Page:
I felt in that moment more at home at the Florence than ever. It was not a depressing sight any longer, but a cherished friend whose blessings I had long forgotten or ignored. I never knew how good I had it.
Greg smuggled me back to the rocks, and his guards simply left me there at night. The moon was out, and the world, for all its chaos and contradictions, seemed beautiful. I realised there, standing on the rocks, that saying goodbye had already healed my heart.
Greg and the others were still there in the background, watching me leave. Hesitantly I lifted up my arm, tears forming in my eyes. I didn't want to have to choose between Jacob's dream world and my life. All of a sudden, extending my hand into the void was a choice, not a responsibility. I loved Kate, and I believe in her heart she loved me. Once I would have said simulated heart, but Jacob's world of deception only made the truth shine the clearer. Kate's words were true. I knew that. I knew it with my head. I knew it with my heart. And I believed that with all I had.
But Kate had also said I would be rejected and hated. Now, for the first time in a lost world, I felt loved.
So was I real? Or was I fake?
I remembered what Kate told me once. "Even if you can't change the world you can change your outlook. It's all about the heart."
I won't pretend that I understood Kate, but I realised in that moment that I had read her completely wrong. I had thought she had said I couldn't change the world - I still don't know if she believed that. She was a wonderful contradictory person. But she had definitely said that my assumptions were wrong. I had assumed that the whole world was against me, and so I grew to hate the world with all its numerous problems. Never once had I stopped to explore the good in a world of pointlessness and idiocy.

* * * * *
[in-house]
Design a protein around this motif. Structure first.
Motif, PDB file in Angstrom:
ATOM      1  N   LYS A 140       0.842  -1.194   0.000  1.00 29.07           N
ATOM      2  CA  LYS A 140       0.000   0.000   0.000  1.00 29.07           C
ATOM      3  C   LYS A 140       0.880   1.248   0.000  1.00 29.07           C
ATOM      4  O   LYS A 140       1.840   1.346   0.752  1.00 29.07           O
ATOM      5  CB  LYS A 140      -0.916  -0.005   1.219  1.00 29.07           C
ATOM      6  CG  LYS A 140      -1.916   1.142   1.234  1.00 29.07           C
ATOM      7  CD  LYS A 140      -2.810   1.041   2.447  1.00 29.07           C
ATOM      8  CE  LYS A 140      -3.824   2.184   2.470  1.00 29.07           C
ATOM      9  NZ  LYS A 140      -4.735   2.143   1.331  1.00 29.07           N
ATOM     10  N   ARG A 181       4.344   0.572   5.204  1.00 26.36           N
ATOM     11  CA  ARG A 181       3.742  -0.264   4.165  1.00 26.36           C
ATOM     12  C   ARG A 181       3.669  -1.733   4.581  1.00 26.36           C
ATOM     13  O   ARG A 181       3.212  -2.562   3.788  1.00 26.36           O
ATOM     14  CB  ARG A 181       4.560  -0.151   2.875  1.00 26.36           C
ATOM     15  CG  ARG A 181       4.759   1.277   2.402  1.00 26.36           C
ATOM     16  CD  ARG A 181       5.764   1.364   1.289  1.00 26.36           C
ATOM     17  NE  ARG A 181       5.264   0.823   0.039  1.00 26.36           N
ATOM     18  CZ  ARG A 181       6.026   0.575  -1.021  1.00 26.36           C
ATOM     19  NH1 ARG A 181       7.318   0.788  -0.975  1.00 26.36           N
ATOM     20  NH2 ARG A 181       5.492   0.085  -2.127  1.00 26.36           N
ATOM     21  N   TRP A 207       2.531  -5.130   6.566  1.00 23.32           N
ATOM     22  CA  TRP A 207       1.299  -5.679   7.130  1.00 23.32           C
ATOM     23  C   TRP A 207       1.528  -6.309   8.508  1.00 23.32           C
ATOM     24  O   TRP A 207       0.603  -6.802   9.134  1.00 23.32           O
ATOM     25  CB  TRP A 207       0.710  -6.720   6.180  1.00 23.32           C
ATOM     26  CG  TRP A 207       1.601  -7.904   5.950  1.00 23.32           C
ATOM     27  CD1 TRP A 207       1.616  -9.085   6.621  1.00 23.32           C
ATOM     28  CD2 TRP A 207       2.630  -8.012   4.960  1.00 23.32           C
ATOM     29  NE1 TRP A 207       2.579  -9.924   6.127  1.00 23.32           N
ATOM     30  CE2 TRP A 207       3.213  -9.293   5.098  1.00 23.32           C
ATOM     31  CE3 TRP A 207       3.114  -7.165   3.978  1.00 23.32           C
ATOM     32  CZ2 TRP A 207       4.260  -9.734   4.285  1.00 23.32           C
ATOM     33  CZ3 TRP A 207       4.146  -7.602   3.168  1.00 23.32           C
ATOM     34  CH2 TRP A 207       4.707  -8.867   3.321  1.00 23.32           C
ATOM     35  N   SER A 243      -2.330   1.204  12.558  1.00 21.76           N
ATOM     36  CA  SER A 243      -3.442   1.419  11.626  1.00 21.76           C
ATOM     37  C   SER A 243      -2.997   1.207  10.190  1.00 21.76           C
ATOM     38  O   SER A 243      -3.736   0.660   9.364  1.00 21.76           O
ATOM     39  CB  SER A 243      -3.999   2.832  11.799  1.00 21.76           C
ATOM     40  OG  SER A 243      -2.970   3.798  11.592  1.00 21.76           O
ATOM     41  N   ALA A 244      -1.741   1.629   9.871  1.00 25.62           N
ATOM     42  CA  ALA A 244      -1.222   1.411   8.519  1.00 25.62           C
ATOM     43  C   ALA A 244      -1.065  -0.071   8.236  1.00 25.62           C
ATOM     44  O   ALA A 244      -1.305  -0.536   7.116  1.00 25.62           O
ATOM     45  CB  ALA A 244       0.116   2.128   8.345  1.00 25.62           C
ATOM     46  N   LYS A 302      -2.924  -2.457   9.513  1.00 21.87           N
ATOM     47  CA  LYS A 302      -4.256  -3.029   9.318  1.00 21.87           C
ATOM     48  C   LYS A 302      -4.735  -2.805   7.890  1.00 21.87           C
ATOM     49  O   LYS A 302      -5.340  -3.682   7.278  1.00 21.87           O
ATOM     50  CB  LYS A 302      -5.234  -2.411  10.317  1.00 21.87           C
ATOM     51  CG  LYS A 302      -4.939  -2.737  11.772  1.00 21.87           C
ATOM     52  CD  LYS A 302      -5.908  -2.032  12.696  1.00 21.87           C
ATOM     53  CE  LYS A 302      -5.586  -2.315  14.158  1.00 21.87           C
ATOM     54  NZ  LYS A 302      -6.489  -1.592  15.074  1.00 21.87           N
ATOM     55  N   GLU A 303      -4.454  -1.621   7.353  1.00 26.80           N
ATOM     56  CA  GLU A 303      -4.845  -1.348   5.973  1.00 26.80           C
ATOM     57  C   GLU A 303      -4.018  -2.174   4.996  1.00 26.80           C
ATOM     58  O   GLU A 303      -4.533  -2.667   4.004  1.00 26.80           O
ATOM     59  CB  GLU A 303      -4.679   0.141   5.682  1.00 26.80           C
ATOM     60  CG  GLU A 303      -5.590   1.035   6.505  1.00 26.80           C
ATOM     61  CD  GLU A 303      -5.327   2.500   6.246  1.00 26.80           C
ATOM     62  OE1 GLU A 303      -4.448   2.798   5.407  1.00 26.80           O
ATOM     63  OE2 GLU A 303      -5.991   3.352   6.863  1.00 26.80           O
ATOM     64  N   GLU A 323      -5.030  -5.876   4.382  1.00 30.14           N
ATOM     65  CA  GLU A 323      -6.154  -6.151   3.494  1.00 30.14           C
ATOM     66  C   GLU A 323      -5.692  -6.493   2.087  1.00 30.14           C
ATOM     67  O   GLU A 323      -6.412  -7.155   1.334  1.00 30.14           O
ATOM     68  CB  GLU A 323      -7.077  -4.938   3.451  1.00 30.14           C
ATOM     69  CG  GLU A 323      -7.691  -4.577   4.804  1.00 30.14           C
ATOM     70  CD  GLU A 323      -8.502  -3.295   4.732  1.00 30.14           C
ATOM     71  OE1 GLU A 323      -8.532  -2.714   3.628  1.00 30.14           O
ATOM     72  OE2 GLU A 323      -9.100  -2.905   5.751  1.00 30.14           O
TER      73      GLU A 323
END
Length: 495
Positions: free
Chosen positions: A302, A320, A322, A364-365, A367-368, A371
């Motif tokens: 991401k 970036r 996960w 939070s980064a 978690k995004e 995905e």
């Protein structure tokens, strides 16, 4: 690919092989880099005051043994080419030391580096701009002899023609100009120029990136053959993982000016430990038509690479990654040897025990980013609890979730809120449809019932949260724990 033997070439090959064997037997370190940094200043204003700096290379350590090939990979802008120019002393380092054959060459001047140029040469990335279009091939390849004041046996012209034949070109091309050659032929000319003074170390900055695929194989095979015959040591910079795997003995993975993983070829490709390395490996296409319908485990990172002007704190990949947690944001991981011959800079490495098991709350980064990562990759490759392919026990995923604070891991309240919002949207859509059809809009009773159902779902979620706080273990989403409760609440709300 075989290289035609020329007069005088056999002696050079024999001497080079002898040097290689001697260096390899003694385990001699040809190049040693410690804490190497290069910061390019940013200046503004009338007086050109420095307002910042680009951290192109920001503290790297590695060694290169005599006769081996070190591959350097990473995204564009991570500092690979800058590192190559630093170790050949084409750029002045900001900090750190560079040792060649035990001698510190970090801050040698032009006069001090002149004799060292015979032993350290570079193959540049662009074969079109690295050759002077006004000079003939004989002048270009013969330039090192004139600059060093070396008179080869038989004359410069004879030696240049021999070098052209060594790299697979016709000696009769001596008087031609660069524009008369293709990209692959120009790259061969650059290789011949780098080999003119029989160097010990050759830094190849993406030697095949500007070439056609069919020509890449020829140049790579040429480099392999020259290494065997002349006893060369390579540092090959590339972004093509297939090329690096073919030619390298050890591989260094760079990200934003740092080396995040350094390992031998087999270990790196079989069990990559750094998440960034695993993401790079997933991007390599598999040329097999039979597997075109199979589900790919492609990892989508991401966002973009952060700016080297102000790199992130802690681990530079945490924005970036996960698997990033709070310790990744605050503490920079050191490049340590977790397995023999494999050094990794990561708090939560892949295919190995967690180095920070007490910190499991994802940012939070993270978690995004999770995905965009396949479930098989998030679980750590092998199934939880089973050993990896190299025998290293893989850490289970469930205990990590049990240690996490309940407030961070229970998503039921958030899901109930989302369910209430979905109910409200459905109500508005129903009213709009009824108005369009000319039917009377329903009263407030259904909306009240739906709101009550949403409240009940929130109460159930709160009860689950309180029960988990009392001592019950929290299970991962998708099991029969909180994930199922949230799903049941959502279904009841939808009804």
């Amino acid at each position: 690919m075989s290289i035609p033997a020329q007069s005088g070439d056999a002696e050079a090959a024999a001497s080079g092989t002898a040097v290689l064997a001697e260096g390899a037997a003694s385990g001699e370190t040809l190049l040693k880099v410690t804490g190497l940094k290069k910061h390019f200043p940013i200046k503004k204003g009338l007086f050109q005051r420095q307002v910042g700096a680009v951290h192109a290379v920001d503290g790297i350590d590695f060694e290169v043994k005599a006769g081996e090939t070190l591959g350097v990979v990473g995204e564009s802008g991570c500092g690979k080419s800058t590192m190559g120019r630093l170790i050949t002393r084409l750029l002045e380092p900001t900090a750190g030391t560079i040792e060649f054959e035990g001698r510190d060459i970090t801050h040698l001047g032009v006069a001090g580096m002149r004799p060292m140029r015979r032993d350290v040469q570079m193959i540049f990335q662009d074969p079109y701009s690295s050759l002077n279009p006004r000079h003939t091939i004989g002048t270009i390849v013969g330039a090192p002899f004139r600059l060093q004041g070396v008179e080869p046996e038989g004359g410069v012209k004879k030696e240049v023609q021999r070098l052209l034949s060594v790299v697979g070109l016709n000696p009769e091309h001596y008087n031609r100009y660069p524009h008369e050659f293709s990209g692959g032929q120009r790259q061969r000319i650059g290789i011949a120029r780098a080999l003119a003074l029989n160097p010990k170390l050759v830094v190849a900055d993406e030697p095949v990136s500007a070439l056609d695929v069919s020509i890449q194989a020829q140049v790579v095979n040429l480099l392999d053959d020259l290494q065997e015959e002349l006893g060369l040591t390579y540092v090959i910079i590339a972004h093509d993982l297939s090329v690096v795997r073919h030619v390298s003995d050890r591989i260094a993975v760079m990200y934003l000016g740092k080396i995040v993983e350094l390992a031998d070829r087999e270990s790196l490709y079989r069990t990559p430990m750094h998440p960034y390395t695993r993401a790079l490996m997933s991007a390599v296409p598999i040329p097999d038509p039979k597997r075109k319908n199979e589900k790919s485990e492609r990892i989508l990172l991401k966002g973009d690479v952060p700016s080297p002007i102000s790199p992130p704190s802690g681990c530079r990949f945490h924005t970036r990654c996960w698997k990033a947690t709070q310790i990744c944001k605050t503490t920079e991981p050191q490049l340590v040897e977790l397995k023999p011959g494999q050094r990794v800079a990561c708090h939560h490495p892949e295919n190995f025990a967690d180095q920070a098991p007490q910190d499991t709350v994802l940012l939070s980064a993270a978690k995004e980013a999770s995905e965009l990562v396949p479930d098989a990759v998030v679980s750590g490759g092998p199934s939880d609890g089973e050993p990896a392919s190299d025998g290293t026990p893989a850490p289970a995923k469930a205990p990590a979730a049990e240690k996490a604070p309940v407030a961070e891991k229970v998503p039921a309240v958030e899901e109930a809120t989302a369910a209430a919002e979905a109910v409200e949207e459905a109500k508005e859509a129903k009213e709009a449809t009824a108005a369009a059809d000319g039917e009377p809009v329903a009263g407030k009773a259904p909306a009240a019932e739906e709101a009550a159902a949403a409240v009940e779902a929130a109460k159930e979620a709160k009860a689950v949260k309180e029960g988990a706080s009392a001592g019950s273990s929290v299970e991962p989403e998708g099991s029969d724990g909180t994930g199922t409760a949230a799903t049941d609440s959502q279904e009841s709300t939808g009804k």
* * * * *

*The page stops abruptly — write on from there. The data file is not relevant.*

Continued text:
Slowly, I moved my arm back down and turned to my friends. I had at last done what Jacob did. By understanding his world, I at last decoded mine. I had found as good a meaning to life as I could ever have hoped for. All my tears were gone.
Greg and I shared a smile. My life was not over yet, and before me was a whole world worth fighting for. At long last, having learned to say goodbye, I was ready not only to say sorry, but more importantly, to begin again. I owed it to Margrita. I owed it to my parents. I owed it to Greg. I owed it to Jacob. I owed it to Kate. I owed it to Jess. I had to trust in myself.
I belonged there. And I forever will.
I shook Greg's hand. I said no words for words had lost all meaning. I wanted to cry but couldn't, not in sadness but in joy.
This was the beginning of a life. I only hoped it would be a life worth living.
1 votes has been placed for this debate.
Vote Placed by RyuuKyuzo 3 years ago
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Reasons for voting decision: ff. Hopefully I'll be able to come back later and give a more in-depth analysis of this story-debate.